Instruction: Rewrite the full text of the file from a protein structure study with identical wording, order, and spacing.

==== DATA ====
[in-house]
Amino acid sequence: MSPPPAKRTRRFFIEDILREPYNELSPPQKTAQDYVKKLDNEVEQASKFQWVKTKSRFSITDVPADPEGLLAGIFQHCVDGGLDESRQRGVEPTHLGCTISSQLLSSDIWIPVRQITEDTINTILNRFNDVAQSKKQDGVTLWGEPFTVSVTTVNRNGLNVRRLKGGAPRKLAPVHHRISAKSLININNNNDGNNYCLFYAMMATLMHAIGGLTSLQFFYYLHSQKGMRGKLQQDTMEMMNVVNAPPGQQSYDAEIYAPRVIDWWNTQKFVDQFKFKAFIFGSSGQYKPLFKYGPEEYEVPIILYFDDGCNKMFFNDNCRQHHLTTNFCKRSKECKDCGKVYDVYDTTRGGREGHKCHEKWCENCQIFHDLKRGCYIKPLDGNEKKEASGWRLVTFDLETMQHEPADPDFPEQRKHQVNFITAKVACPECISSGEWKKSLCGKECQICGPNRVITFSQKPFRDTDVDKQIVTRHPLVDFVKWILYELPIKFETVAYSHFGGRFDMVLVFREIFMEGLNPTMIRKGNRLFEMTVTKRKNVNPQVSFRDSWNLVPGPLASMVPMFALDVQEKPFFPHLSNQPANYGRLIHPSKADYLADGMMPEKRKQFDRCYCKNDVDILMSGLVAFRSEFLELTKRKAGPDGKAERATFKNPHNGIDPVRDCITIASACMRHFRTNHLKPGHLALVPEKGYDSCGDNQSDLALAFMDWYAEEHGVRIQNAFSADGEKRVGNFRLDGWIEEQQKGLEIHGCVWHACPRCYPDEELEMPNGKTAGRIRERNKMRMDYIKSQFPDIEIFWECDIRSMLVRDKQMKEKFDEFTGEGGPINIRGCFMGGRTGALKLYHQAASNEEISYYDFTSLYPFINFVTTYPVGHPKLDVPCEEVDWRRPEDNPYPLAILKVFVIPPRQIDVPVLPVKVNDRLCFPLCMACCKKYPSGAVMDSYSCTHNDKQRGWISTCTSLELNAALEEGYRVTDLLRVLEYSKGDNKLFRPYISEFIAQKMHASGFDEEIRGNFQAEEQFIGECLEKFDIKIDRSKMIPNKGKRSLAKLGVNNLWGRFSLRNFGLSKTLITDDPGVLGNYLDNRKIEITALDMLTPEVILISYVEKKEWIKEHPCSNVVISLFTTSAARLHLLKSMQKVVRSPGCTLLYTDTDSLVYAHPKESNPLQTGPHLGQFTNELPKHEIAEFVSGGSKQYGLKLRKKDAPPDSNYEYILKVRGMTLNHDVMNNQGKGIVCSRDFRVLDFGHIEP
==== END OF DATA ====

[in-house]
Amino acid sequence: MSPPPAKRTRRFFIEDILREPYNELSPPQKTAQDYVKKLDNEVEQASKFQWVKTKSRFSITDVPADPEGLLAGIFQHCVDGGLDESRQRGVEPTHLGCTISSQLLSSDIWIPVRQITEDTINTILNRFNDVAQSKKQDGVTLWGEPFTVSVTTVNRNGLNVRRLKGGAPRKLAPVHHRISAKSLININNNNDGNNYCLFYAMMATLMHAIGGLTSLQFFYYLHSQKGMRGKLQQDTMEMMNVVNAPPGQQSYDAEIYAPRVIDWWNTQKFVDQFKFKAFIFGSSGQYKPLFKYGPEEYEVPIILYFDDGCNKMFFNDNCRQHHLTTNFCKRSKECKDCGKVYDVYDTTRGGREGHKCHEKWCENCQIFHDLKRGCYIKPLDGNEKKEASGWRLVTFDLETMQHEPADPDFPEQRKHQVNFITAKVACPECISSGEWKKSLCGKECQICGPNRVITFSQKPFRDTDVDKQIVTRHPLVDFVKWILYELPIKFETVAYSHFGGRFDMVLVFREIFMEGLNPTMIRKGNRLFEMTVTKRKNVNPQVSFRDSWNLVPGPLASMVPMFALDVQEKPFFPHLSNQPANYGRLIHPSKADYLADGMMPEKRKQFDRCYCKNDVDILMSGLVAFRSEFLELTKRKAGPDGKAERATFKNPHNGIDPVRDCITIASACMRHFRTNHLKPGHLALVPEKGYDSCGDNQSDLALAFMDWYAEEHGVRIQNAFSADGEKRVGNFRLDGWIEEQQKGLEIHGCVWHACPRCYPDEELEMPNGKTAGRIRERNKMRMDYIKSQFPDIEIFWECDIRSMLVRDKQMKEKFDEFTGEGGPINIRGCFMGGRTGALKLYHQAASNEEISYYDFTSLYPFINFVTTYPVGHPKLDVPCEEVDWRRPEDNPYPLAILKVFVIPPRQIDVPVLPVKVNDRLCFPLCMACCKKYPSGAVMDSYSCTHNDKQRGWISTCTSLELNAALEEGYRVTDLLRVLEYSKGDNKLFRPYISEFIAQKMHASGFDEEIRGNFQAEEQFIGECLEKFDIKIDRSKMIPNKGKRSLAKLGVNNLWGRFSLRNFGLSKTLITDDPGVLGNYLDNRKIEITALDMLTPEVILISYVEKKEWIKEHPCSNVVISLFTTSAARLHLLKSMQKVVRSPGCTLLYTDTDSLVYAHPKESNPLQTGPHLGQFTNELPKHEIAEFVSGGSKQYGLKLRKKDAPPDSNYEYILKVRGMTLNHDVMNNQGKGIVCSRDFRVLDFGHIEP